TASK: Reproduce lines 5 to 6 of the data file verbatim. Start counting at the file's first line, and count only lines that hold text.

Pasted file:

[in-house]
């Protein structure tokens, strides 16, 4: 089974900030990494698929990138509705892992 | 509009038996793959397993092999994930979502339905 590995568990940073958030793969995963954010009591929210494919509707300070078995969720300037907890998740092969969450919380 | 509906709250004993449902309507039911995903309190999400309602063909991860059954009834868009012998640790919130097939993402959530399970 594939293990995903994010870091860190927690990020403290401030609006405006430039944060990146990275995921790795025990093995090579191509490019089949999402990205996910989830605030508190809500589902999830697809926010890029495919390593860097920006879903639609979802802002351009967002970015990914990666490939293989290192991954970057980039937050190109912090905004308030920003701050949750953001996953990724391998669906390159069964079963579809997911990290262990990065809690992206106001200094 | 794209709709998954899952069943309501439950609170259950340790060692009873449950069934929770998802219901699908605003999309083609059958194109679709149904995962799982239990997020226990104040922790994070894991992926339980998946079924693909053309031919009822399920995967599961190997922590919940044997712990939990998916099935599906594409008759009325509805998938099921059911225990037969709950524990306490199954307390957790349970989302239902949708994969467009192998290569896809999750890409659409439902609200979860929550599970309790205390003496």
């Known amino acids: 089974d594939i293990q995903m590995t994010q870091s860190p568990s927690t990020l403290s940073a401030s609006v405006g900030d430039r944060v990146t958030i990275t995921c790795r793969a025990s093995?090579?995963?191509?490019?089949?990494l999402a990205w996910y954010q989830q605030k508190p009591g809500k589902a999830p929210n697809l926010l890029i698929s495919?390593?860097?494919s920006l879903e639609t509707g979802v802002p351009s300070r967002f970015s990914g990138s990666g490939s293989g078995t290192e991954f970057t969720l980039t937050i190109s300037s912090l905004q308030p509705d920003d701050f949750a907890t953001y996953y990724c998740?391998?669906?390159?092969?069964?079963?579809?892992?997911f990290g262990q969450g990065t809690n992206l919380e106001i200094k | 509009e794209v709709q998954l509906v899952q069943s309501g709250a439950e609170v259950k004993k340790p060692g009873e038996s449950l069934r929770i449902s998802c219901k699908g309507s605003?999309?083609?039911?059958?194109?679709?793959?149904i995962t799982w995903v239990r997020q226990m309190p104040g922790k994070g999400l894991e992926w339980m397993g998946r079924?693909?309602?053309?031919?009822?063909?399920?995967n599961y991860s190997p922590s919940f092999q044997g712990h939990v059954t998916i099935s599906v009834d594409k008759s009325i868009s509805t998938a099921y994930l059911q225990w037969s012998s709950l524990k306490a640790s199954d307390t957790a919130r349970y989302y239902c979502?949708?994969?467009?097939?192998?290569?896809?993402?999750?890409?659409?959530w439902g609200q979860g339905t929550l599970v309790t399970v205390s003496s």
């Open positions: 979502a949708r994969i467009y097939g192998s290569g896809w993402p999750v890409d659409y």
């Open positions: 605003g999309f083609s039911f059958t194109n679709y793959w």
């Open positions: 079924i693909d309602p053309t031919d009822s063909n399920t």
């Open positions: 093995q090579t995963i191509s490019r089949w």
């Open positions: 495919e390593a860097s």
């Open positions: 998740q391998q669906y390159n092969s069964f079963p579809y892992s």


């Open positions: 605003g999309f083609s039911f059958t194109n679709y793959w």
């Open positions: 079924i693909d309602p053309t031919d009822s063909n399920t």